REVIEW: 1958: A Jazz Jamboree at Cadogan Hall

1958: A Jazz Jamboree at Cadogan Hall
Photo courtesy of Georgina Jackson

1958: A Jazz Jamboree
(Cadogan Hall. 8 June 2018. Review by Peter Vacher)

The word jazz conjures up any number of responses. Different strokes for different folks, you might say. Well, for the backroom team at the Jazz Repertory Company this time, it meant seizing on the year 1958 and celebrating a series of vocal break-throughs by major US artists, each of whom had a style imbued with jazz feeling. So no jazz milestones as such, rather a series of programme sequences recalling significant recordings by Frank Sinatra, Ella Fitzgerald, Nina Simone and Ray Charles, each represented by a star local vocalist accompanied by the consistently brilliant Pete Long Orchestra, with just a dash of Ellingtonia to open each half.

Presenter David Hepworth was on hand to remind us of the state of the nation in 1958 and to add illuminating details regarding the nominated singers and their circumstances but the meat of the night was in those vocal recreations. Enter in turn Georgina Jackson [for Ella], Iain Mackenzie [for Sinatra], Liz Fletcher [for Nina] and the very lively Jeremy Sassoon [for Ray Charles]. Jackson, minus trumpet, is more sure-footed these days, and caught Ella’s brio without ever trying to sound like her. She has real stage presence and a musician’s ear for vocal nuance. Still with songs like ‘Let’s Face the Music’ and ‘Alexander’s Ragtime Band’ complete with trumpeter Jim Davison adding a Dixie burst, how could she go wrong? The gleaming Mackenzie has created something of a niche market for himself as the go-to singer for any Sinatra tribute and clearly relished the opportunity to celebrate the master with Long’s sterling big band, exultant on those Billy May charts. Moonlight in Vermont taken slow, was a standout with a peach of a solo by trombonist Andy Flaxman.

Fletcher wriggles rhythmically as she sings but largely stays anchored to the mike, so not for her any overt Simone histrionics. Her sets offered a contrast teaming her with just the rhythm quartet, pianist Christian Vaughan [a new name to me] and guitarist Nigel Price taking their solo moments with aplomb. Pertinent here to mention Julie Walkington's rock-solid bass line and drummer Richard Pite’s adaptability and playing joie-de-vivre. Fletcher is an underrated vocalist, more Peggy Lee than Simone, to be honest, but with a vocal warmth that’s innately pleasing. Vaughan’s long solo introduced My Baby Just Cares for Me taken by Fletcher as a happy romp. Highlight? An extended solo from Price on the very bright Exactly Like You. How wise to assign pianist/vocalist Jeremy Sassoon to the wrap-up spot for each half of the concert. Extrovert and confident, he really gave the Ray Charles song-book a thorough going-over, bringing out all of Ray’s gritty blues feeling with a romping response from the Long chaps, some like tenorist Dean Masser, trombonist Callum Au and altoist Martin Williams out front and giving their all.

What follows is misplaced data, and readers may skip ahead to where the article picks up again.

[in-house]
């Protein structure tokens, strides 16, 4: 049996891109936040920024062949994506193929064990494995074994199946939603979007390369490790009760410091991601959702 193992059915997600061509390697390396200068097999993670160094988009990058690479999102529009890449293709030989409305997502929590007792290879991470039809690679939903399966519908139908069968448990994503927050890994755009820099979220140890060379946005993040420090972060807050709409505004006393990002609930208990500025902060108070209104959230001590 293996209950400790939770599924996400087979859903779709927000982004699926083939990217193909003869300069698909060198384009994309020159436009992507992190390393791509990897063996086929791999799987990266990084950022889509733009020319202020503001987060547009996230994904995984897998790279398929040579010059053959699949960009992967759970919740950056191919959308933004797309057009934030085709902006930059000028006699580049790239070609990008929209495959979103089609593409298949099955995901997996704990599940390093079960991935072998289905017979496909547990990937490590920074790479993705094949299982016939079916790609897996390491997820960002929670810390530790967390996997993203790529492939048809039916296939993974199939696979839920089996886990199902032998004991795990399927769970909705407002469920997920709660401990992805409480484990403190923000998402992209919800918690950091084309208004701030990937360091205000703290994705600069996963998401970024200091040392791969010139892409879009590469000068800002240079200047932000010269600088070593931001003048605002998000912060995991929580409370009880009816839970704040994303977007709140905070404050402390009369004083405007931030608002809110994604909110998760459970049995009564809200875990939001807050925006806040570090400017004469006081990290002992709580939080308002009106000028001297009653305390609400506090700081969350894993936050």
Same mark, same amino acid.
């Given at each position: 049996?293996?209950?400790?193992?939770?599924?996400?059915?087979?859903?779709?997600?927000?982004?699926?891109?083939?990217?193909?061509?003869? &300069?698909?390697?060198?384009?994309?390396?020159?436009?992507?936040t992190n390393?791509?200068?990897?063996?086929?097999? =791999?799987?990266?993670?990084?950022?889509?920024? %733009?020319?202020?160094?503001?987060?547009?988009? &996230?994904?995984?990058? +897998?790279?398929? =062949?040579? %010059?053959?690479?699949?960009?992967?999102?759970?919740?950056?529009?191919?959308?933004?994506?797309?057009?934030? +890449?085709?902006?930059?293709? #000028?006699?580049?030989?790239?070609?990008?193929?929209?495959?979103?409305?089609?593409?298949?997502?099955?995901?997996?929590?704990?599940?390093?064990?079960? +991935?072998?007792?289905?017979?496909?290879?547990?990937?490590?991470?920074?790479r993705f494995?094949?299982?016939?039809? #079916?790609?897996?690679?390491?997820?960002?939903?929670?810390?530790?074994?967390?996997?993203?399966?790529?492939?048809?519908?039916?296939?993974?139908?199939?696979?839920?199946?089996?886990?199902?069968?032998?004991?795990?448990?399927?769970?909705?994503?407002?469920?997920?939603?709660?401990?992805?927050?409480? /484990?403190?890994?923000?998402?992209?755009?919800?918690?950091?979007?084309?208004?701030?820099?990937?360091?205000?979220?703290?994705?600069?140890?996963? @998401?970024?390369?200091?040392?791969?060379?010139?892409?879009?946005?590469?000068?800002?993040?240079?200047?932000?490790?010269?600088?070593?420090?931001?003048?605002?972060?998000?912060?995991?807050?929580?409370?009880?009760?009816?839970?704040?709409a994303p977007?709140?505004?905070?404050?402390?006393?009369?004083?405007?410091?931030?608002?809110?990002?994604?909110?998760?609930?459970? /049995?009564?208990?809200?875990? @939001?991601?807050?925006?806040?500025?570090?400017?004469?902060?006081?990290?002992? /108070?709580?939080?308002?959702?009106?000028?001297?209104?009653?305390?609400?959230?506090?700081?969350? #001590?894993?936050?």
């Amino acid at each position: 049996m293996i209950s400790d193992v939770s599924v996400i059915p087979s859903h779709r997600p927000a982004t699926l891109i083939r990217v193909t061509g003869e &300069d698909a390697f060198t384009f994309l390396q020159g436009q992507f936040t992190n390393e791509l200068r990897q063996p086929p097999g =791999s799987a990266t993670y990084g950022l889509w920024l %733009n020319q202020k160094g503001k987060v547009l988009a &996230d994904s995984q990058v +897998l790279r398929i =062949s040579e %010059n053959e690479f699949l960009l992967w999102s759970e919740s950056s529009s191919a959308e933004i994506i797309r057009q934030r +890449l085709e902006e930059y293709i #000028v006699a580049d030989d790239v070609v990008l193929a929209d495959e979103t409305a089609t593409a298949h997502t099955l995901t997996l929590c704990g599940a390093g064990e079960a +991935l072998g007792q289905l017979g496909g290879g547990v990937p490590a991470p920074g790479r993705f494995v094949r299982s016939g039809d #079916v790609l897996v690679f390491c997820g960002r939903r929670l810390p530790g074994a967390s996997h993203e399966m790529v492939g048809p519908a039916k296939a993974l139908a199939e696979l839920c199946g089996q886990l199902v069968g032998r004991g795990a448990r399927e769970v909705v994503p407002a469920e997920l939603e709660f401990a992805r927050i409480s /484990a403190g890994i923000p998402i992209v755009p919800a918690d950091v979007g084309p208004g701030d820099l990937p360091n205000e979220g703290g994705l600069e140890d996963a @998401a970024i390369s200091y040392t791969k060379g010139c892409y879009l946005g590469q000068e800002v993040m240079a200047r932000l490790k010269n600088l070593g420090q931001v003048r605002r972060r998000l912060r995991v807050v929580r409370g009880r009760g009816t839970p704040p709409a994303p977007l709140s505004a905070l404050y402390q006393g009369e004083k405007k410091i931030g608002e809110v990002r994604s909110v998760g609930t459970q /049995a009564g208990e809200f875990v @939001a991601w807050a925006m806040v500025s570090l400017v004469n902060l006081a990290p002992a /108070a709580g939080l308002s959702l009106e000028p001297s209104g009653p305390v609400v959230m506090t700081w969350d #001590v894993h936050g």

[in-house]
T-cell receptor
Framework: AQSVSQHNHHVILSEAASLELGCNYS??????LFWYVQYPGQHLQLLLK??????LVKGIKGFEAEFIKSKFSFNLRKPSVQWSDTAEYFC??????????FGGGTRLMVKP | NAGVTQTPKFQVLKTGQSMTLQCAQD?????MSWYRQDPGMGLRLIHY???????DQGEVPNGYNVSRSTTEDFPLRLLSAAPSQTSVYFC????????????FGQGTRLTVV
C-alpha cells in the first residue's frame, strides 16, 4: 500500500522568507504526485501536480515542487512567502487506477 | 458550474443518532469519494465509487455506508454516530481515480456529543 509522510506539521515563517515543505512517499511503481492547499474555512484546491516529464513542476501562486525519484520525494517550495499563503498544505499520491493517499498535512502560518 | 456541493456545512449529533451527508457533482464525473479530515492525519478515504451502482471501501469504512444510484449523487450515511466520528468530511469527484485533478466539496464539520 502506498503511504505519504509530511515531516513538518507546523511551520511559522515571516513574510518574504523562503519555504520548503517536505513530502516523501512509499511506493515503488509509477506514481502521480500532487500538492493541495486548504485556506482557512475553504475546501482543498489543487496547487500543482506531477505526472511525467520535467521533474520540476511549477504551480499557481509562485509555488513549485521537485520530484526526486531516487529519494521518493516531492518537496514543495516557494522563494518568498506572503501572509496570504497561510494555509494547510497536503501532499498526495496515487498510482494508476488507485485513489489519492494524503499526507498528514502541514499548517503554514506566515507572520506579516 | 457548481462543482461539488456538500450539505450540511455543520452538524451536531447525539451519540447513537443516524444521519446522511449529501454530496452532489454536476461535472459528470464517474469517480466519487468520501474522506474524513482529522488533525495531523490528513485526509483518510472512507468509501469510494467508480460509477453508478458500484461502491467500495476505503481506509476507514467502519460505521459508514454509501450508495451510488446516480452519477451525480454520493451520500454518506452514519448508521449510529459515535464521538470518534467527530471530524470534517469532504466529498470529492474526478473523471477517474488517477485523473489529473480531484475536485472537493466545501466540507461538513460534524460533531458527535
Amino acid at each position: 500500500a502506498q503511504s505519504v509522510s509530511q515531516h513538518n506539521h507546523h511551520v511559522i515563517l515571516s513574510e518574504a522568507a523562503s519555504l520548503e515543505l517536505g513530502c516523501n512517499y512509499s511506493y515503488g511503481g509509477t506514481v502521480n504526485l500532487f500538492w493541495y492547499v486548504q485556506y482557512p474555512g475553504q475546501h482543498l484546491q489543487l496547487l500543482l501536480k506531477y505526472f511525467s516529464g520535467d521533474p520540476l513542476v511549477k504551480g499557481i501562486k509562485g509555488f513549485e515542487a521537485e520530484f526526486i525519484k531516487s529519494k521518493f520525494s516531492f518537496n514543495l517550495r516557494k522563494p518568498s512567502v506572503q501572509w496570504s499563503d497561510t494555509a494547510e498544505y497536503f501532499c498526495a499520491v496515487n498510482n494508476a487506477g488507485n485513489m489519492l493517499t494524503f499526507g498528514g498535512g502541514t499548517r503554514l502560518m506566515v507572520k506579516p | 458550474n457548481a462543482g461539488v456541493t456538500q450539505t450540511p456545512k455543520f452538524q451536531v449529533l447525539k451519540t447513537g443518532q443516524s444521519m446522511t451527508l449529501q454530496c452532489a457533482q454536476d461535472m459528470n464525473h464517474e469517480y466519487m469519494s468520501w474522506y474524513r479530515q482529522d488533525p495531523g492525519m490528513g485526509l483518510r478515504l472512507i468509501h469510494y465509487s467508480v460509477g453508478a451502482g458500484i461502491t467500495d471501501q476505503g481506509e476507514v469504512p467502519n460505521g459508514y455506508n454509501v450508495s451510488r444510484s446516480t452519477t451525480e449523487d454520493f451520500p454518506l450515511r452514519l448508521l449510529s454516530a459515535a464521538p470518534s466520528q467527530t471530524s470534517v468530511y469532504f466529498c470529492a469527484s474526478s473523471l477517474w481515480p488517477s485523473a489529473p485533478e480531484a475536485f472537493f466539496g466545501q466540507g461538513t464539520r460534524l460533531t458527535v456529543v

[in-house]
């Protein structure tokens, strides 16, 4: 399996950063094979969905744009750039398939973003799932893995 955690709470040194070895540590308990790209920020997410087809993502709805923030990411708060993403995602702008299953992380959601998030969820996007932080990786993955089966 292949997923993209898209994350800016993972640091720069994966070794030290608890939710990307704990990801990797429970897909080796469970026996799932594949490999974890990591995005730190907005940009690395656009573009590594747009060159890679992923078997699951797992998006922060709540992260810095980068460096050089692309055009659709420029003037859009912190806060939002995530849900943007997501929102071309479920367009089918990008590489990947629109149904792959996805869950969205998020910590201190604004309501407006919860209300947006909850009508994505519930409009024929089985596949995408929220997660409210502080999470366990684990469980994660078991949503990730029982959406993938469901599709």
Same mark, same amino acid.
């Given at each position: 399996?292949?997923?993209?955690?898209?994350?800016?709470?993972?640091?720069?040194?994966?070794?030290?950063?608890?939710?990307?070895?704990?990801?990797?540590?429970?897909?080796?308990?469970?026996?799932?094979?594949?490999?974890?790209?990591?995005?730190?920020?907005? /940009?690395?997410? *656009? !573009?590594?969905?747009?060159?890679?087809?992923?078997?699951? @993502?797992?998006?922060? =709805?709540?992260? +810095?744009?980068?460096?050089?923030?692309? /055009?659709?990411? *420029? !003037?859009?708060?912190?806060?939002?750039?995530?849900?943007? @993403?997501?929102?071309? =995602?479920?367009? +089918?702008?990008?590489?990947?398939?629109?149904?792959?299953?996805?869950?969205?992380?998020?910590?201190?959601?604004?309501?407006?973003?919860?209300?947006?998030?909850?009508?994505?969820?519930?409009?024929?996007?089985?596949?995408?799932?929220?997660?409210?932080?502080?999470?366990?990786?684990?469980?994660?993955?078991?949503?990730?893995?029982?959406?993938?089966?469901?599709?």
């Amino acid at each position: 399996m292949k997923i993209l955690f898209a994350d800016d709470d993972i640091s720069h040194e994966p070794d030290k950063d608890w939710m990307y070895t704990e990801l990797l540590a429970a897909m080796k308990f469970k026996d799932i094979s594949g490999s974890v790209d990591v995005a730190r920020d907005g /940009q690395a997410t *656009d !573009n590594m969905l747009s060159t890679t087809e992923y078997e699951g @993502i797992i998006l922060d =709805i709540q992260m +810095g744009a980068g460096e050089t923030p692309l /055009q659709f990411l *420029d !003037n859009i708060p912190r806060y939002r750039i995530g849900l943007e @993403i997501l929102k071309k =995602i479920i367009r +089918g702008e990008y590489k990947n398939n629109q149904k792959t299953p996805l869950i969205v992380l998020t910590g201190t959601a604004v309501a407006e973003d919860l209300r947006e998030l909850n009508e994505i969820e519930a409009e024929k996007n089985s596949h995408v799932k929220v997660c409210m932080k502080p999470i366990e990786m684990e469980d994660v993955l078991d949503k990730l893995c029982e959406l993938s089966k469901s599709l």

For the out-and-out jazzers among us, Long scheduled two bursts of Ellingtonia – the opener a stunning version of El Gato with trumpeters George Hogg and Davison going at it in bravura fashion. In turn, altoist Colin Skinner offered his version of Prelude to a Kiss, poised and controlled in the proper Johnny Hodges manner. Here and there, there were solo interjections from the instrumentalists, Long’s musical direction and the section blends in perfect order, trumpets excelling, but overall it was a night that belonged to the singers and their songs.

BAND : The Pete Long Orchestra directed by Pete Long

Jim Davison, George Hogg, Tom Gardner, Steve Jones [t]
Callum Au, Andy Flaxman, Mike Feltham [tb]; Andy Derrick [b-tb]
Mark Crooks [ts, cl]; Dean Masser [ts, cl, fl]; Colin Skinner [as, cl, fl, picc]; Martin Williams [as, fl]
Mick Foster [bs, bcl]
Christian Vaughan [p]; Nigel Price [g]; Julie Walkington [b]; Richard Pite [d]
Georgina Jackson, Iain Mackenzie, Liz Fletcher, Jeremy Sassoon [voc]

Peter Vacher's book Swingin' on Central Avenue won the 2016 ARSC Best History in Jazz Music Award.

LINK: Preview of 1958: A Jazz Jamboree at Cadogan Hall

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